Ryan Foland: Brilliant, all right. Variation, that's it. I think we just nailed that. One thing that I sort of heard you say, but I'm pulling out and sort of paraphrasing, is when everything sounds the same, nothing stands out. 

Laura Sicola: Yes.

Ryan Foland: That's it. And so change it up. Now, you could change it up in a number of ways, not just vocal variety. You've got volume as you talked about, you've got pace, you've got tone, you've got all these things. 

Laura Sicola: Which to me is all the vocal. That's all vocal variety. There are many components, not just pitch. 

Ryan Foland: Well, let's pitch onto the next section and I want to know some of the things that you've done from a business perspective. 

I mean, you've got this podcast, you've got a TEDx with 6.5 million views, probably 6.6 million views after this podcast. 

But from a business growth or building business perspective, what has worked for you or what's working with you now in this sort of new environment? 

What advice would you give to somebody who is either starting or just wanted to improve their business of speaking?

Laura Sicola: It depends on what stage you're in, but I think one thing people are often very hesitant to do that they really shouldn't be hesitant to do, is to ask. 

So if you are on a podcast or you are talking with someone else who is, it has been on a particular stage or screen or show or something along those lines, ask them, what stage should I be on, or what referral can, who could you introduce me to?

I do a lot of coaching, I do a lot of training and at the end of a session or at the end of even my own podcast and I don't interview experts like this, I interview executives, but I'll ask them when we're done with the actual episode recording, now that they know me, they know my topic, they know my style and my energy,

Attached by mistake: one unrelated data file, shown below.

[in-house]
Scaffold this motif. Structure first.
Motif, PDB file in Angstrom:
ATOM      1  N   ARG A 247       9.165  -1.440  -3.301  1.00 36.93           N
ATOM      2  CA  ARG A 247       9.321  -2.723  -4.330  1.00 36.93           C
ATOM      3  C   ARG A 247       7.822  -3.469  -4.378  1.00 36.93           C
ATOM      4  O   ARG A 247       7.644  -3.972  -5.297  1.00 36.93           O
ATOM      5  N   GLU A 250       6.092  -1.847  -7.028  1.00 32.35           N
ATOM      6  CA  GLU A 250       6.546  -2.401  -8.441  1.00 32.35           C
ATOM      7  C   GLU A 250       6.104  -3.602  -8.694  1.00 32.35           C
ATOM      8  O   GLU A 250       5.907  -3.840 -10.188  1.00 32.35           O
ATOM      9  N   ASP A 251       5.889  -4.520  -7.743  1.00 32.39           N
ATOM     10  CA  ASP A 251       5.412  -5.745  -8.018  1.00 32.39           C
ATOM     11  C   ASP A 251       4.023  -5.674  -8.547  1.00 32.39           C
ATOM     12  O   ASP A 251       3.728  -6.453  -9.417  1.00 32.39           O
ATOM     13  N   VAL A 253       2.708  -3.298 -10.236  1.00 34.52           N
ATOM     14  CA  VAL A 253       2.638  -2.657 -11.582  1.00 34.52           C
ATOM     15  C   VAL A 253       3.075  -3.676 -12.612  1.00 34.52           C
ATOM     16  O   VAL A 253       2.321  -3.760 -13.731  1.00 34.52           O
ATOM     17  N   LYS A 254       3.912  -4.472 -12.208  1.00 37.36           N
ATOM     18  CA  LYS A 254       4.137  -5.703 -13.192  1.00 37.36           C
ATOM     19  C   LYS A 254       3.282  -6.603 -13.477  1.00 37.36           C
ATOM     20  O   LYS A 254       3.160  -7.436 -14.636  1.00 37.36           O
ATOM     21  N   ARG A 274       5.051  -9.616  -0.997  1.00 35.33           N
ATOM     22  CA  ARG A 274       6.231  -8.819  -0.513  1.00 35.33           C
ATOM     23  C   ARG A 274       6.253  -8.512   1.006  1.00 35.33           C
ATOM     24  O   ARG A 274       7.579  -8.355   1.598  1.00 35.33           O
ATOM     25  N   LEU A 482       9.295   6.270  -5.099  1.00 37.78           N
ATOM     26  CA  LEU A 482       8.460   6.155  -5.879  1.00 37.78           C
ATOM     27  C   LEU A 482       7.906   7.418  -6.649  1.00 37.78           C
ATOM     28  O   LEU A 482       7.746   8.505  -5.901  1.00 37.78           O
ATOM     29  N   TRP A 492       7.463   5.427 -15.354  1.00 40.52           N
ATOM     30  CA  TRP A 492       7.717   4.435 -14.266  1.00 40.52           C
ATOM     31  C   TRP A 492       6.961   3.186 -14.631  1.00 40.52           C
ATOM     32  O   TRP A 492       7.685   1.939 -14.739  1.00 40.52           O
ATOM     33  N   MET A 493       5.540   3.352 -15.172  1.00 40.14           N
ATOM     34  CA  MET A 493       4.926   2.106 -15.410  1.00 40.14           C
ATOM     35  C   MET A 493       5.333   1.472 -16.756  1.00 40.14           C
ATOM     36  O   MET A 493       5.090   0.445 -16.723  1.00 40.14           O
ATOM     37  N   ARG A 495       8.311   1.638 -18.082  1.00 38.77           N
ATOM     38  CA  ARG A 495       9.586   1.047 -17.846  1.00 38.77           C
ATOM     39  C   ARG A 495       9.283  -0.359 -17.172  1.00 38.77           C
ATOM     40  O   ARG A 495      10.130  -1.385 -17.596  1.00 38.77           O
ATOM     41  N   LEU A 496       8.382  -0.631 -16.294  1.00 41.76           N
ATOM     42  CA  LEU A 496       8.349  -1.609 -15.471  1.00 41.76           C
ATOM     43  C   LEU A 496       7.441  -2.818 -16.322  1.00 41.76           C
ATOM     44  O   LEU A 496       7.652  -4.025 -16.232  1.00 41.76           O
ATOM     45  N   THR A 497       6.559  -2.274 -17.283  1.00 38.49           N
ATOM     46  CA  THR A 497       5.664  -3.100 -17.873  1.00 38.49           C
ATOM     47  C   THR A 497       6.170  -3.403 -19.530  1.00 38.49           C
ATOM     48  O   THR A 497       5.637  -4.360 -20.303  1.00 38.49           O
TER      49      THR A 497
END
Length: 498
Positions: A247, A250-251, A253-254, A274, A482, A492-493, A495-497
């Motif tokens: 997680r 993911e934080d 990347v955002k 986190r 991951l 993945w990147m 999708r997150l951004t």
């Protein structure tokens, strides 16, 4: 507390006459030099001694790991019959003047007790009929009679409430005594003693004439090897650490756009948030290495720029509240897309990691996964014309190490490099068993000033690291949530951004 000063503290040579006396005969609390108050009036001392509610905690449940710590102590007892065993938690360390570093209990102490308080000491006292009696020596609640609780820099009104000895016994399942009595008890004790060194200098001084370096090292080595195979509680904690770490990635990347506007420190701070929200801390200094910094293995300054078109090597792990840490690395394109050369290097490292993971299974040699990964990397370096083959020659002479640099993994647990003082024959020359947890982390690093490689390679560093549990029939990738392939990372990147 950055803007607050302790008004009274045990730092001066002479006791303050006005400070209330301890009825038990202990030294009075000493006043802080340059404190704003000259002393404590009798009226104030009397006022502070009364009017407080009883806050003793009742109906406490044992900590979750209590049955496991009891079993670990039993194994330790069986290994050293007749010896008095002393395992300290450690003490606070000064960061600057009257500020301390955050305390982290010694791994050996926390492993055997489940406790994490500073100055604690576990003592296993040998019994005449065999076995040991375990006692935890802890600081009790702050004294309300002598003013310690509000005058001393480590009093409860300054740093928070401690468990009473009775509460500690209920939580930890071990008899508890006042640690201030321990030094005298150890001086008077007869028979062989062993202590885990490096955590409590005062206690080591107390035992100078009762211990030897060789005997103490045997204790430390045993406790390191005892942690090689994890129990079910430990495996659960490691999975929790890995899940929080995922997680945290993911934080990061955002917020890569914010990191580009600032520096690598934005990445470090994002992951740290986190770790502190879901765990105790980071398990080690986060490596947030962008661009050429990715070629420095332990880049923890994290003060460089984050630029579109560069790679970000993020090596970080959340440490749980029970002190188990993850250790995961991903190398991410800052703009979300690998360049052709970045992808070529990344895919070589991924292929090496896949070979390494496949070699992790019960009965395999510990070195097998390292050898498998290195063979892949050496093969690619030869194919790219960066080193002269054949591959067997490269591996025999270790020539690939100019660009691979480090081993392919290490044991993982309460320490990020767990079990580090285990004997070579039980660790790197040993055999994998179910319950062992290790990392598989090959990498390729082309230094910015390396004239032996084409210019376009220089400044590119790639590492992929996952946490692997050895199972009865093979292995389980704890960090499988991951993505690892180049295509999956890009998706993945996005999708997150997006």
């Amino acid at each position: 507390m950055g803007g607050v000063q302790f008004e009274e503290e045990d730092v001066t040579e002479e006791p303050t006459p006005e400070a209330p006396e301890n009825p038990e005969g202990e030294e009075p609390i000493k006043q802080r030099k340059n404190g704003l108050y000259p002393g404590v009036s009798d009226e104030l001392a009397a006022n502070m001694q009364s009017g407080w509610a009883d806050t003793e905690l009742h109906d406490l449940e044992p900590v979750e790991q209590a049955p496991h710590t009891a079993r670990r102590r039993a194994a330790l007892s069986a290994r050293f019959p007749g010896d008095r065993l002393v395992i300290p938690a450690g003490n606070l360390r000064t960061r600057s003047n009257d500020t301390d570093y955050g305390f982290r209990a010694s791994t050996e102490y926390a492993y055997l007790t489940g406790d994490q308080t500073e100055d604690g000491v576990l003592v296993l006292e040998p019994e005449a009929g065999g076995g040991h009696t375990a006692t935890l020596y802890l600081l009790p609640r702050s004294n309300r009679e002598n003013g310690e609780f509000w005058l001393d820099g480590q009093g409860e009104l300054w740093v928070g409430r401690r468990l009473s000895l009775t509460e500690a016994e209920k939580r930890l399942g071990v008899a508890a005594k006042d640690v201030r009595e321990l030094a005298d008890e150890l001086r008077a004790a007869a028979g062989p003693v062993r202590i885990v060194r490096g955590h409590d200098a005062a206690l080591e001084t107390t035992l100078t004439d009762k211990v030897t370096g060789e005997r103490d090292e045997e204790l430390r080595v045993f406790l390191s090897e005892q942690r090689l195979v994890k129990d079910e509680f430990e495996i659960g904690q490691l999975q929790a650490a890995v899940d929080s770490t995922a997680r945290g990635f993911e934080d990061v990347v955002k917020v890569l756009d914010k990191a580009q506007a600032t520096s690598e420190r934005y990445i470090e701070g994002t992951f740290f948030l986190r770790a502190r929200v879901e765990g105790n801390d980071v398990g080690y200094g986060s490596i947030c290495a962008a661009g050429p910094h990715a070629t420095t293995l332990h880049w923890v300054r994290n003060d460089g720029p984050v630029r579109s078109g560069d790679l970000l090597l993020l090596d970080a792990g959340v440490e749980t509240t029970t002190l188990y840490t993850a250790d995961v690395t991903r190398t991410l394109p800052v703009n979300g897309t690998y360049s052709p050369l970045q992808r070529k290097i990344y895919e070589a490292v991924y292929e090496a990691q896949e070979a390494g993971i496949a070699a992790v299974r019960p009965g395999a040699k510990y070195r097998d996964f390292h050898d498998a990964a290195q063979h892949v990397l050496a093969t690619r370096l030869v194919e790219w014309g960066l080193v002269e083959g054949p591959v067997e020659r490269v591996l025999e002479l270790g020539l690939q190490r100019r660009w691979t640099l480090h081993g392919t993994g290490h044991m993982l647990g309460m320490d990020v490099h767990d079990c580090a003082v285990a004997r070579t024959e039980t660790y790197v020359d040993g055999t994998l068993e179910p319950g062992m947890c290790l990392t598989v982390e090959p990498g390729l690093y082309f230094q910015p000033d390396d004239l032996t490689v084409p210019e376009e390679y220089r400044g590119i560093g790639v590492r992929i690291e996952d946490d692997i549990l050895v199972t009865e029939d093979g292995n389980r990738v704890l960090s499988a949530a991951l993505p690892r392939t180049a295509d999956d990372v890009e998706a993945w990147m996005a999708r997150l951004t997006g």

"Are there any conferences where you think I'd be a good speaker?" 

And you'd be surprised who says yes or what boards they're on or what conferences they regularly attend, because my work in leadership communication, it's not industry-specific. 

So whether you're asset management or you're in cyber security, or you're in whatever it happens to be in it, I may or may not be your keynote, if you're looking for a keynote who is industry-specific, a big name in the space, but maybe one of the talks that are going to be in your day is not industry-specific, but something that will still help everybody else is that much more excellent and more successful in their career, in their roles, and being an effective communicator, and a more inspiring leader can only help everybody. 

So they never thought about that before. But they'll say, "Yeah actually you know what? Let me introduce you to this person or that person."

 You have to ask, don't be shy. It's not about being arrogant or imposing, just see what they say and maybe they'll say, "You know what, let me think about that." 

Okay, that's fine. And they may or may not get back to you, and you may or may not choose to follow up, but at least plant the seed. 

Ryan Foland: Never ask never get. 

That's one of my favorite things that I remind myself of. I just have a big event that's going on tomorrow that I'm putting on and we realized that we might have needed heaters. 

And so the person in charge of ordering all the catering, all the food, and all the stuff from this big rental company, they're like, “It's too late, it's too late, we can't ask."